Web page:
2. After designation of the Gull River site as a candidate Area of Natural and Scientific Interest (ANSI) in the Site District 5E-9 report (Brunton 1991), the highway adjacent to the main Gull River site was re-routed (in 1992) to avoid destruction of that population.

  3. Process to regulate Engelmann's quillwort under Ontario's Endangered Species Act was initiated in 2004.

  4. A trial underwater video monitoring project was completed at Big Chute in 2003 (Stevens 2003) and again in 2004.

  5. The development of genetic markers was completed in 2004 (Coleman and Wilson pers. comm. 2004).

  6. The development of genetic fingerprinting is underway at Trent University with final results expected in 2006.

  7. The determination of genetic affinities with other North American populations was initiated at Trent University in 2004.

  8. Ecological research and baseline integrity monitoring of Engelmann's quillwortsites with the Severn River population were initiated in 2004 (Heydon and Pidgen 2005). Ecological studies are continuing during 2005/2006 and 2006/2007.

  9. Monitoring Plan for Engelmann's Quillwort (Isoetesengelmannii) in the Severn River Big Chute completed in early 2005 (Heydon, 2005).

  10. Habitat review and collection of molecular research material from Engelmann's quillwortsites in the northeastern United States was undertaken in 2004.

5.3 Evaluation

The effectiveness of efforts to ensure the sustainability of Engelmann's quillwort populations and habitats on the Severn and Gull Rivers and any other populations that may be discovered can be measured (Table 4). These measures will differ in scope depending on the objective, as some objectives are more focused on information needs while others are more focused on threat mitigation. Performance measurements for each of the suggested Recovery Strategy objectives are listed below.

Table 4. Performance Measures
Objective StatementPerformance Measures
Population size and distribution, population viability, and genetic affinity to other populations are more fully understood.
  • Accurate estimates of population size made
  • Accurate mapping of distribution made
  • Studies on genetic affinity to other populations conducted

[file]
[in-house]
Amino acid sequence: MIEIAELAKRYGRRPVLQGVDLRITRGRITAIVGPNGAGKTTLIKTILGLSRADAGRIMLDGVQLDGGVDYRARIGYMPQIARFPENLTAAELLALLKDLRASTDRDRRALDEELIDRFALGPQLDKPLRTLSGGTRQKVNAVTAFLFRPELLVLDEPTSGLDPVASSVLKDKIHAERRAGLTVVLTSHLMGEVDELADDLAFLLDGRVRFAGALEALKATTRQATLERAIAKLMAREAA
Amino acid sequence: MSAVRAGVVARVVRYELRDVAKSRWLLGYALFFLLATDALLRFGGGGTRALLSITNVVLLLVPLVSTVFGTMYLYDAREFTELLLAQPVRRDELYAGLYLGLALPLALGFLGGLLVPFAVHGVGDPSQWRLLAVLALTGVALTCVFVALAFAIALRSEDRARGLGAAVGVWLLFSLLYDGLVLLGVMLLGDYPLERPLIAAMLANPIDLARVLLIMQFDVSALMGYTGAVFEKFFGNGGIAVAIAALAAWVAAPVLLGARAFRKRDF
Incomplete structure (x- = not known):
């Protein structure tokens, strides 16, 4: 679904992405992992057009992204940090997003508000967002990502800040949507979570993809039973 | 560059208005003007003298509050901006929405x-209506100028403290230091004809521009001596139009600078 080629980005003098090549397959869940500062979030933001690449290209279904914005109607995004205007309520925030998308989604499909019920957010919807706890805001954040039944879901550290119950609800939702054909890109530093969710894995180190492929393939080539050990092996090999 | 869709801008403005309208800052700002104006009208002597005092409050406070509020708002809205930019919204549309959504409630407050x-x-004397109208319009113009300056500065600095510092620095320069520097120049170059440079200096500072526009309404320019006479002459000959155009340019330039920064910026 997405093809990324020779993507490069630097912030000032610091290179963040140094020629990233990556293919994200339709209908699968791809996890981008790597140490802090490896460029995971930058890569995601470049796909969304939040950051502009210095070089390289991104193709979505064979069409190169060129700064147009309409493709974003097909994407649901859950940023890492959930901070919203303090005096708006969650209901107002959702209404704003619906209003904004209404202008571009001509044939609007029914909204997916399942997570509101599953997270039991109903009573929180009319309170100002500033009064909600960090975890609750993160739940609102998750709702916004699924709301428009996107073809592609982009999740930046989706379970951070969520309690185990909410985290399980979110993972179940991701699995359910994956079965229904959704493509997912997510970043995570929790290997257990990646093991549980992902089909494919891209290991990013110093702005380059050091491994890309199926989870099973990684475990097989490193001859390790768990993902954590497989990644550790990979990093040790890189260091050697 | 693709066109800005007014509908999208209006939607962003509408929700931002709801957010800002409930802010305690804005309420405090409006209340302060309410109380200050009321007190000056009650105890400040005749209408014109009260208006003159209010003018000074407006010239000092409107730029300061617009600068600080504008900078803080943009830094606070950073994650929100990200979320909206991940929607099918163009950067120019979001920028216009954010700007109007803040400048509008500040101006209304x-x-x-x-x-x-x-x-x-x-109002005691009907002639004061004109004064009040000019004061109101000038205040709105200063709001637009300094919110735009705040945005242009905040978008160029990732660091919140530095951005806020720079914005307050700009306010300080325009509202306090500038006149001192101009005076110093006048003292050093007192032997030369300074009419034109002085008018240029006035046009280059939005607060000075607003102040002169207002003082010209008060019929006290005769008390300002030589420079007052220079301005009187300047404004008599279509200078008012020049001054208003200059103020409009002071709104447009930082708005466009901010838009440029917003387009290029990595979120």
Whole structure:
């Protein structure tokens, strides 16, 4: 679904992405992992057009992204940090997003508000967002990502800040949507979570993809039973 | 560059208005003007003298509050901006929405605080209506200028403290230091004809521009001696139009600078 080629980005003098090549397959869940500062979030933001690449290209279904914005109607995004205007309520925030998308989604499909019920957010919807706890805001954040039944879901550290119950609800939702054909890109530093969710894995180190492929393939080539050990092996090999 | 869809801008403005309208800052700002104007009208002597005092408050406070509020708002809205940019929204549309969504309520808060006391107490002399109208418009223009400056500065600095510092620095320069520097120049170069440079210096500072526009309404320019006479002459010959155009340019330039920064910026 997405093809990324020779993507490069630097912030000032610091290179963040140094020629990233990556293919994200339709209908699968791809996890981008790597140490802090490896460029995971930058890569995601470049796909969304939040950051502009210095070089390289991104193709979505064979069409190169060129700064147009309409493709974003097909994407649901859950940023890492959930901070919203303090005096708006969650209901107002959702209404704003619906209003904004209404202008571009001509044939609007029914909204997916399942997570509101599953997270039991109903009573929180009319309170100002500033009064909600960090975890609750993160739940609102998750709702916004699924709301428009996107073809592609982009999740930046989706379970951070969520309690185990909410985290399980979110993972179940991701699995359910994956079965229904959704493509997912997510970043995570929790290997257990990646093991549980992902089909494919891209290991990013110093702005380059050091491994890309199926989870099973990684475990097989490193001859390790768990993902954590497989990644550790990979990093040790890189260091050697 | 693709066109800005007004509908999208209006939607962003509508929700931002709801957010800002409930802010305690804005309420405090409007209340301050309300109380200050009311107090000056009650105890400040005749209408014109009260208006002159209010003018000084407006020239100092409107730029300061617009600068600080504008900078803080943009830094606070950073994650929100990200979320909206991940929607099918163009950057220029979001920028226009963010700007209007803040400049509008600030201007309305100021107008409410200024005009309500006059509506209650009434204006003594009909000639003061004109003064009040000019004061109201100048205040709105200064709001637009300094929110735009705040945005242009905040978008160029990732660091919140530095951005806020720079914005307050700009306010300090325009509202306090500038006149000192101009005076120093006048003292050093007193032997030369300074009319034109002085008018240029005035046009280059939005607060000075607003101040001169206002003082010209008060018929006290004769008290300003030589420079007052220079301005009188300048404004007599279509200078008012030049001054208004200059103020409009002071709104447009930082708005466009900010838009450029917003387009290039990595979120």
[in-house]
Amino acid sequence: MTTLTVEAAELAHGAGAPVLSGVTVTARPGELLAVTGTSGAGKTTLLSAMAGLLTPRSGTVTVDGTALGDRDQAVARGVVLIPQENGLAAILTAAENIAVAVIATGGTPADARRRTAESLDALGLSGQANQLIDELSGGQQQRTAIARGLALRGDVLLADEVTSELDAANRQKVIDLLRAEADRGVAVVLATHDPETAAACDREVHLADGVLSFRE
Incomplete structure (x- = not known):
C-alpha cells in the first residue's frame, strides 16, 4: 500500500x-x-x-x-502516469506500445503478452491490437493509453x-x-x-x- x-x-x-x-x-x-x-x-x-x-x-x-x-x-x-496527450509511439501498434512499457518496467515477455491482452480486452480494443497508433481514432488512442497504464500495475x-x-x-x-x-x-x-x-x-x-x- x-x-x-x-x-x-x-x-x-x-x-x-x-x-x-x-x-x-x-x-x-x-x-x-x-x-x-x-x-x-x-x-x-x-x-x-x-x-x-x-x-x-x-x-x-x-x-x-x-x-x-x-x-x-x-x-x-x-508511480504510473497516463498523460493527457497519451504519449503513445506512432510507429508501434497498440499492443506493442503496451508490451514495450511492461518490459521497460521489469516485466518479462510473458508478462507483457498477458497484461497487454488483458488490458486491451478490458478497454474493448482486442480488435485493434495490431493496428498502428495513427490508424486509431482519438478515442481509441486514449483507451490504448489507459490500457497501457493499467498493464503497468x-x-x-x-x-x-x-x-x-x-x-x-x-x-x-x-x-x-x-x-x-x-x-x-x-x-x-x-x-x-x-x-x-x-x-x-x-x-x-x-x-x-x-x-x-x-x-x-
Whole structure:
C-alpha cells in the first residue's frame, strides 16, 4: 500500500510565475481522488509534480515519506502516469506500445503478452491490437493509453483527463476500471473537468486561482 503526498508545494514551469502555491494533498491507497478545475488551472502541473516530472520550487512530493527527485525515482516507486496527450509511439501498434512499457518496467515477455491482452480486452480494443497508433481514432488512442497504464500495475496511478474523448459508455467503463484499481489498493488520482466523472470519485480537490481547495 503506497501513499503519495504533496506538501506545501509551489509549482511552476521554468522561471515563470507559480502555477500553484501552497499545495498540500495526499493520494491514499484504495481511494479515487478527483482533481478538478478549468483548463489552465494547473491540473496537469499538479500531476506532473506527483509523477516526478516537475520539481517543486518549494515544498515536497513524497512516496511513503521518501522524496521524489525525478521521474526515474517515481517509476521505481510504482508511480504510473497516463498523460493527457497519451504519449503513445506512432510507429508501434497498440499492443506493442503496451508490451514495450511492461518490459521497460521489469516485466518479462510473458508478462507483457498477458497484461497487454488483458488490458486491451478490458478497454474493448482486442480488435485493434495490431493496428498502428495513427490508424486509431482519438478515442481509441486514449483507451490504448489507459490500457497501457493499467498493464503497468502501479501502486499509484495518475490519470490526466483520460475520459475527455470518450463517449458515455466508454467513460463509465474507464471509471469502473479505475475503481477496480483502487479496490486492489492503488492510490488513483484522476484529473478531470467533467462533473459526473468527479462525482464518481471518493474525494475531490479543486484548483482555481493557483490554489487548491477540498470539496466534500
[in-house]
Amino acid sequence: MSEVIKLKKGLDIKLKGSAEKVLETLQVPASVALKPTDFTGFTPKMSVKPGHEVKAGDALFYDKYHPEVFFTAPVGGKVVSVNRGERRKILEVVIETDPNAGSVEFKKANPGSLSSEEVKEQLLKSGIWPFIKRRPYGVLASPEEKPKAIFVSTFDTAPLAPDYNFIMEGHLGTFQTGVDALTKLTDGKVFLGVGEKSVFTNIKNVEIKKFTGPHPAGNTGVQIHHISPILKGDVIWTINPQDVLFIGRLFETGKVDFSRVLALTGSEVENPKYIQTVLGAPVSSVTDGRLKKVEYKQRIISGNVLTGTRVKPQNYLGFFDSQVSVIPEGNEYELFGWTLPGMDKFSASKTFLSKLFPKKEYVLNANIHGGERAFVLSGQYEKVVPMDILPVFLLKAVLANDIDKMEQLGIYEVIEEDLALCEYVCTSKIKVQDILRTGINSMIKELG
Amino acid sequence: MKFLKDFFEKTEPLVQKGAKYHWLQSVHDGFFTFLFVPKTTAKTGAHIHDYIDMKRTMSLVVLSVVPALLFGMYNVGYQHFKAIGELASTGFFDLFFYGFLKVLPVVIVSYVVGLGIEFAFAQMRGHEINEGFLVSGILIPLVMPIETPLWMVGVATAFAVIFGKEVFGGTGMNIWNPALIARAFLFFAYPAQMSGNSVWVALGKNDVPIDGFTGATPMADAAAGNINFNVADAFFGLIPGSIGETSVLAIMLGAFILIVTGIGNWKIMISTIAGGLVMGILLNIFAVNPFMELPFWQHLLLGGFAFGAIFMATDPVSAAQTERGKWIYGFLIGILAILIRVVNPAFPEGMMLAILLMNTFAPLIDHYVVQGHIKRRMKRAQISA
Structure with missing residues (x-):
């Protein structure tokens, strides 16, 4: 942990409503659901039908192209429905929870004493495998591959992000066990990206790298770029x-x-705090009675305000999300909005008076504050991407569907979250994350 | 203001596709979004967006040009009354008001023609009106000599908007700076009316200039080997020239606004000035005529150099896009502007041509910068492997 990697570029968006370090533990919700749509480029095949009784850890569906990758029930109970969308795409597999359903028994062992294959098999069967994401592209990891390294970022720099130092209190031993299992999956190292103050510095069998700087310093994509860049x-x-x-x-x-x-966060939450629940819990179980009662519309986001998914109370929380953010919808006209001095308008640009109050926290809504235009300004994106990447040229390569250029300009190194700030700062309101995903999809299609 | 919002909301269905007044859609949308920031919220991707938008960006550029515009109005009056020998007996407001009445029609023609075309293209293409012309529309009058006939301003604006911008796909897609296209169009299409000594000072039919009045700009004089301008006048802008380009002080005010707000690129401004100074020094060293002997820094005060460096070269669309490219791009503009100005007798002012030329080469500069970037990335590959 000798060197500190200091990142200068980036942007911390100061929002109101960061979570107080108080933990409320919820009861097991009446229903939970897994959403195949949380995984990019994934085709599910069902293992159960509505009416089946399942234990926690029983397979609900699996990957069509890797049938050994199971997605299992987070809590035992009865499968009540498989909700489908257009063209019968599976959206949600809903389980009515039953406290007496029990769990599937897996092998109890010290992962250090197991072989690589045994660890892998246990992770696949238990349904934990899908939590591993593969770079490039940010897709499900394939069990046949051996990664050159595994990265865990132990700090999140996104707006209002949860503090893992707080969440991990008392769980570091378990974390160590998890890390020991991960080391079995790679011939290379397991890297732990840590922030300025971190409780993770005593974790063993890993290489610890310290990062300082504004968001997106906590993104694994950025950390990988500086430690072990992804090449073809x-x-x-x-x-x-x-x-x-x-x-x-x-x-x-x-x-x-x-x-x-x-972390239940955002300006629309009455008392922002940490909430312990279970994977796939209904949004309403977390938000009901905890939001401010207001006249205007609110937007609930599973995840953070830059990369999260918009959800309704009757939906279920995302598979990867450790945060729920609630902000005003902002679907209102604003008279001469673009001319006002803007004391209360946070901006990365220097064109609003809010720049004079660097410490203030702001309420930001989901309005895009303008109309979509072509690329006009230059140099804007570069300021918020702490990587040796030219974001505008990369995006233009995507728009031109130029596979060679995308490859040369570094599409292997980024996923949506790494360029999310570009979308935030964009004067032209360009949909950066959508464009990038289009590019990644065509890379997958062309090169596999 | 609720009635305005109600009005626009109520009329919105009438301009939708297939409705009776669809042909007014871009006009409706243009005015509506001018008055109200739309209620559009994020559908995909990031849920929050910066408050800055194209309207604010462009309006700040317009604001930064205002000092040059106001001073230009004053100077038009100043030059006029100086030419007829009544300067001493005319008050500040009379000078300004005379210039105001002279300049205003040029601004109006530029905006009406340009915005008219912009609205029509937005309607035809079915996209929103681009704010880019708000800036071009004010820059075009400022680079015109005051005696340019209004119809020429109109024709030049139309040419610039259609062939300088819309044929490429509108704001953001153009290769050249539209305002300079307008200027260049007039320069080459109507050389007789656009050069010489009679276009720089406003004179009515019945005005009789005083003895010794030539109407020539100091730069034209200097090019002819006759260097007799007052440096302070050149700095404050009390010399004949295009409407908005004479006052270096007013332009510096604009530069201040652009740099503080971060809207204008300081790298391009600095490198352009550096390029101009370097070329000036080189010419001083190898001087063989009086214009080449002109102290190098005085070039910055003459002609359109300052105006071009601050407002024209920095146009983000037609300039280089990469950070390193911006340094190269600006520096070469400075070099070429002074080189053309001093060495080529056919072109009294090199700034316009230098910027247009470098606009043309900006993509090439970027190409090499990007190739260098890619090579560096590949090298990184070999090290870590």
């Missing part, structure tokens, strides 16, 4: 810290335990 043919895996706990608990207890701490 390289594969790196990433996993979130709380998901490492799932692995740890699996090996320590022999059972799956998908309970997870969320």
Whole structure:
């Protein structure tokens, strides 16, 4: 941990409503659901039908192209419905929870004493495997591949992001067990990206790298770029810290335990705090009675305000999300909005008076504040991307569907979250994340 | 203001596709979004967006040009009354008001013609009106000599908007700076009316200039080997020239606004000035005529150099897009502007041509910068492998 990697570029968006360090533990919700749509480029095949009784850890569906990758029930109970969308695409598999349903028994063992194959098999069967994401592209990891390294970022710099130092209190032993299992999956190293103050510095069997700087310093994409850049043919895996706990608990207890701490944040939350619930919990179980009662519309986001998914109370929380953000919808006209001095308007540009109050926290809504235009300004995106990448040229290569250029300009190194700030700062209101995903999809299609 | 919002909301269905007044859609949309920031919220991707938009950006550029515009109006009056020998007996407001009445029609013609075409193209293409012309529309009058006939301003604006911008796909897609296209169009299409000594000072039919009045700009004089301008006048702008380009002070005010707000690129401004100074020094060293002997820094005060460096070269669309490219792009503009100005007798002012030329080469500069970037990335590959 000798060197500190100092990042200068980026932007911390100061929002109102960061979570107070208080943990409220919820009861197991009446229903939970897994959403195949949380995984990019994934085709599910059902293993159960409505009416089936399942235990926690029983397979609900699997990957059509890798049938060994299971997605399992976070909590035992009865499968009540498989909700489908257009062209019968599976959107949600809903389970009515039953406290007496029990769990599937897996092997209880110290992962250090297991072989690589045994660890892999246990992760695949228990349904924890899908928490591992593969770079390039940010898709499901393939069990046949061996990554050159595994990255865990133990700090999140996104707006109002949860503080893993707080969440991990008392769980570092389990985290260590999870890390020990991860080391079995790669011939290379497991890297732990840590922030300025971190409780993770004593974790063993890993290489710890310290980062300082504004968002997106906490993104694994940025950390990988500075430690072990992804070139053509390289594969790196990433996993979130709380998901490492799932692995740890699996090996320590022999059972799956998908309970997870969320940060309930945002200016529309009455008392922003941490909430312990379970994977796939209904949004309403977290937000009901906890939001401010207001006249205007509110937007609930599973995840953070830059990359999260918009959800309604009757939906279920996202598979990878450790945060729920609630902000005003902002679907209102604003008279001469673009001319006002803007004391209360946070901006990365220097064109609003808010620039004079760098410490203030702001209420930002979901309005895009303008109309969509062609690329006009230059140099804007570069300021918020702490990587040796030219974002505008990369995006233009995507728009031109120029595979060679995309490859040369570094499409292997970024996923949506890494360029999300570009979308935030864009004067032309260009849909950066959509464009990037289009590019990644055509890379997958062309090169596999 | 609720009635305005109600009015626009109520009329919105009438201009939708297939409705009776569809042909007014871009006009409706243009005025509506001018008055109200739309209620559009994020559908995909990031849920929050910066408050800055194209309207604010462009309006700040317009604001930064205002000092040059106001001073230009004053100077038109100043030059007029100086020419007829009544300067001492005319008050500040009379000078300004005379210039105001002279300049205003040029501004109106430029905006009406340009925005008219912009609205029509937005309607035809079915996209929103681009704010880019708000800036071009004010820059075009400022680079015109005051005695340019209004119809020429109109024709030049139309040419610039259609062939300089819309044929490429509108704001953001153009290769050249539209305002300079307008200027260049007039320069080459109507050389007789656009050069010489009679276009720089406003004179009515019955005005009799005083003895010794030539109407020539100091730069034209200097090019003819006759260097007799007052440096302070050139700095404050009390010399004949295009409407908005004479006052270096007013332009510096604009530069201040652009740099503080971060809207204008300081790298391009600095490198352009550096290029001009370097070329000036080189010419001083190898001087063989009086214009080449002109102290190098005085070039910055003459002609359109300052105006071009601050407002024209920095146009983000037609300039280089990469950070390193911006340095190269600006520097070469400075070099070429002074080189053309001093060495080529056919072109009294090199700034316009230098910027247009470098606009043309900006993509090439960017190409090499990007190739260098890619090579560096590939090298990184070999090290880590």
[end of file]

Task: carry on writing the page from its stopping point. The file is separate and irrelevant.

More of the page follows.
• Population and distribution trends created
Ecological requirements sufficiently understood such that the identification of critical habitat could be refined.
  • Complete annual reports summarizing results of studies
  • Publish studies
  • Identification of critical habitat refined
All known subpopulations are monitored at varying levels of effort every three years.
  • Monitoring reports produced every three years
  • Population and distribution trends created
Extent of each threat to Engelmann's quillwort is more fully understood and threat-specific mitigation techniques established.
  • Ranked list of threats developed
  • Threat-specific mitigation techniques developed
Threats to Engelmann's quillwort and its habitat are minimized through Federal, Provincial, and municipal legislation, policy and regulation with a focus on critical habitat in 2006/2007.
  • Engelmann's quillwort regulated under the provincial Endangered Species Act
  • Mitigation measures incorporated into Trent/Severn Waterway management plan, the TSW shoreline application and review process and any other guidance material
  • Appropriate policies and zoning provisions identified in Official plans and zoning by-laws; may depend on timing of updates/revisions
  • Threats to critical habitat minimized
  • Number and extent of populations remains stable
Educational tools and programs for stewardship and conservation developed with landowners, land managers and stakeholders such that threats to Engelmann's quillwort and its habitat are minimized with a focus on critical habitat in 2006/2007
  • Communications plan completed
  • Stewardship programs in place with landowners, land managers and stakeholders
  • Number of populations remains stable
  • Threats to critical habitat minimized
Restoration techniques and a protocol for implementation are developed and suitable, unoccupied habitats are identified for reintroduction should this measure be required.
  • Effectiveness of restoration determined
  • Feasibility of propagation determined
  • Restoration undertaken if required
  • Suitable, unoccupied habitats mapped


5.4 Effects on Other Species

The recovery actions outlined in this strategy will likely benefit other plant species found within these two rivers. Reducing mechanical damage in general will serve to reduce impacts on other plant species such as Eaton's quillwort. In addition, managing nutrient enrichment will allow the systems to remain representative of an oligotrophic environment that supports native vegetation. It is not anticipated that these recovery actions will have any negative impacts on other taxa.